Across the Queens border just north of Bushwick lies Ridgewood. The rhomboid-shaped neighborhood at the end of the M line is roughly bounded by Flushing Avenue on the west, Metropolitan Avenue on the north, the LIRR tracks to the east, and Myrtle Avenue to the South.
Home to the Mespachtes Indians centuries ago, it was farmed by Dutch settlers in the colonial era — of which the Onderdonk House on Flushing Avenue is a remnant — and eventually taken over by English settlers. They named it Ridgewood for its climbing elevation and thick stands of linden, red cedar, and beech, now largely gone.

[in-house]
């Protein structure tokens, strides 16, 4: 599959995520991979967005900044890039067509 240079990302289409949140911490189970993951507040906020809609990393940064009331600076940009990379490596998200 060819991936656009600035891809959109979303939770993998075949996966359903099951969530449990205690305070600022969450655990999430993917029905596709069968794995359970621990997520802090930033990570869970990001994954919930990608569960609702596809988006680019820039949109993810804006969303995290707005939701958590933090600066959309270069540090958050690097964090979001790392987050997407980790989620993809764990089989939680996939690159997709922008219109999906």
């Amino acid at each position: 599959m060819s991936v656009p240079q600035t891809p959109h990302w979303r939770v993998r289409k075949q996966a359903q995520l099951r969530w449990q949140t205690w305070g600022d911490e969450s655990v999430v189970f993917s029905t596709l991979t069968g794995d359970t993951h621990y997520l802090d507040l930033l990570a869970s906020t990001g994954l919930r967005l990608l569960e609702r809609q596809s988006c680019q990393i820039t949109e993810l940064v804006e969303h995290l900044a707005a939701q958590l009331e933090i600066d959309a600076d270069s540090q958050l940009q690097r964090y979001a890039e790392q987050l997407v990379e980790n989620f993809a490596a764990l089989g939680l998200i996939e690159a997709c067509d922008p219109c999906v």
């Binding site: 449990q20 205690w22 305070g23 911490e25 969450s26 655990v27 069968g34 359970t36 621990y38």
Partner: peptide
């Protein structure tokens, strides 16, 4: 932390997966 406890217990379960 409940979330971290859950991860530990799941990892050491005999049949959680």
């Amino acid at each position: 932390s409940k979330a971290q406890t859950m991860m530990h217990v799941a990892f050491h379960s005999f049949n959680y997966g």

Throughout the 20th century, it was, and still remains, one of Queens’ great working-class neighborhoods, home to Germans, Italians, Dominicans, former Yugoslavians, Chinese, Puerto Ricans, Romanians, and Poles, among others. This diversity persists, as a new generation of settlers, driven out of Williamsburg and Bushwick by high rents, crosses the border.
These days, it’s become the small neighborhood where almost anything is a short walk away, from elevated bar food to reasonably priced dinners to the latest, intensely-wrought version of New American. But what almost every new restaurant in the neighborhood seems to have in common is an interest in playing a part in an ongoing history, adding something that feels just a little different from what’s been there for decades. Here are some favorites.
Health experts consider dining out to be a high-risk activity for the unvaccinated; it may pose a risk for the vaccinated, especially in areas with substantial COVID transmission.Read More